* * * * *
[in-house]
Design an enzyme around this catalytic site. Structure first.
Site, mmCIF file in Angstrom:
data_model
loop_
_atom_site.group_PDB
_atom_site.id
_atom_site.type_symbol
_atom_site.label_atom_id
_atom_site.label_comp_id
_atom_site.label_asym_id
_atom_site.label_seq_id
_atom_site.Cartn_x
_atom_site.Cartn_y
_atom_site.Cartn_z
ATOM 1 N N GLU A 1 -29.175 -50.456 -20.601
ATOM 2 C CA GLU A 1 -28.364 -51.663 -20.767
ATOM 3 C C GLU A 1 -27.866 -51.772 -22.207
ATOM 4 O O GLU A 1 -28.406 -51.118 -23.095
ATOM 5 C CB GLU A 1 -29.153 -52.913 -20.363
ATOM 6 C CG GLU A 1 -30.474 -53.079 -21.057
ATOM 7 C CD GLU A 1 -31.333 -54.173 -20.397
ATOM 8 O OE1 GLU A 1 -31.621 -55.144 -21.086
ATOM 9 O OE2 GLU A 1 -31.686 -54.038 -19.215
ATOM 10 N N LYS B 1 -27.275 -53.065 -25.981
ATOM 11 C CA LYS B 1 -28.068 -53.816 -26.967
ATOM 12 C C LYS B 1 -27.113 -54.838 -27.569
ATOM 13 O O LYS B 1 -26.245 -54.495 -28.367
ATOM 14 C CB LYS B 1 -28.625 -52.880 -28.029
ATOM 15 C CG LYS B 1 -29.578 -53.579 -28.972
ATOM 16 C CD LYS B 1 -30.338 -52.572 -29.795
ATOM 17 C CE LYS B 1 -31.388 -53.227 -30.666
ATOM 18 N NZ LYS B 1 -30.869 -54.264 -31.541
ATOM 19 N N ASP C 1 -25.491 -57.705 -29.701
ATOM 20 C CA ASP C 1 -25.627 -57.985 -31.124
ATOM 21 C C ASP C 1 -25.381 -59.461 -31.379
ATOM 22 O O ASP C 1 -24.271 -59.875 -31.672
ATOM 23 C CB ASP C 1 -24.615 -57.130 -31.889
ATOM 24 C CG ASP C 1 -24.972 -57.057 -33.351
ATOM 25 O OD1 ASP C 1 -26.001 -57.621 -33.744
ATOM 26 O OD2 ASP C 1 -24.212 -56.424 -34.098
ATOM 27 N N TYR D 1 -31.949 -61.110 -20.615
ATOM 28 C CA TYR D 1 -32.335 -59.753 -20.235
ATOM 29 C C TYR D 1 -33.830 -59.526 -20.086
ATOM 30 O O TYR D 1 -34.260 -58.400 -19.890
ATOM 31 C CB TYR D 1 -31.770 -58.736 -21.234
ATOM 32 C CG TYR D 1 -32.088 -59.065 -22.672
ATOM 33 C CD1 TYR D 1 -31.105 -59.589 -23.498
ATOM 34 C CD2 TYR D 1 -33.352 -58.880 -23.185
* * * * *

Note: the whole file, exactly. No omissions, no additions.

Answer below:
[in-house]
Design an enzyme around this catalytic site. Structure first.
Site, mmCIF file in Angstrom:
data_model
loop_
_atom_site.group_PDB
_atom_site.id
_atom_site.type_symbol
_atom_site.label_atom_id
_atom_site.label_comp_id
_atom_site.label_asym_id
_atom_site.label_seq_id
_atom_site.Cartn_x
_atom_site.Cartn_y
_atom_site.Cartn_z
ATOM 1 N N GLU A 1 -29.175 -50.456 -20.601
ATOM 2 C CA GLU A 1 -28.364 -51.663 -20.767
ATOM 3 C C GLU A 1 -27.866 -51.772 -22.207
ATOM 4 O O GLU A 1 -28.406 -51.118 -23.095
ATOM 5 C CB GLU A 1 -29.153 -52.913 -20.363
ATOM 6 C CG GLU A 1 -30.474 -53.079 -21.057
ATOM 7 C CD GLU A 1 -31.333 -54.173 -20.397
ATOM 8 O OE1 GLU A 1 -31.621 -55.144 -21.086
ATOM 9 O OE2 GLU A 1 -31.686 -54.038 -19.215
ATOM 10 N N LYS B 1 -27.275 -53.065 -25.981
ATOM 11 C CA LYS B 1 -28.068 -53.816 -26.967
ATOM 12 C C LYS B 1 -27.113 -54.838 -27.569
ATOM 13 O O LYS B 1 -26.245 -54.495 -28.367
ATOM 14 C CB LYS B 1 -28.625 -52.880 -28.029
ATOM 15 C CG LYS B 1 -29.578 -53.579 -28.972
ATOM 16 C CD LYS B 1 -30.338 -52.572 -29.795
ATOM 17 C CE LYS B 1 -31.388 -53.227 -30.666
ATOM 18 N NZ LYS B 1 -30.869 -54.264 -31.541
ATOM 19 N N ASP C 1 -25.491 -57.705 -29.701
ATOM 20 C CA ASP C 1 -25.627 -57.985 -31.124
ATOM 21 C C ASP C 1 -25.381 -59.461 -31.379
ATOM 22 O O ASP C 1 -24.271 -59.875 -31.672
ATOM 23 C CB ASP C 1 -24.615 -57.130 -31.889
ATOM 24 C CG ASP C 1 -24.972 -57.057 -33.351
ATOM 25 O OD1 ASP C 1 -26.001 -57.621 -33.744
ATOM 26 O OD2 ASP C 1 -24.212 -56.424 -34.098
ATOM 27 N N TYR D 1 -31.949 -61.110 -20.615
ATOM 28 C CA TYR D 1 -32.335 -59.753 -20.235
ATOM 29 C C TYR D 1 -33.830 -59.526 -20.086
ATOM 30 O O TYR D 1 -34.260 -58.400 -19.890
ATOM 31 C CB TYR D 1 -31.770 -58.736 -21.234
ATOM 32 C CG TYR D 1 -32.088 -59.065 -22.672
ATOM 33 C CD1 TYR D 1 -31.105 -59.589 -23.498
ATOM 34 C CD2 TYR D 1 -33.352 -58.880 -23.185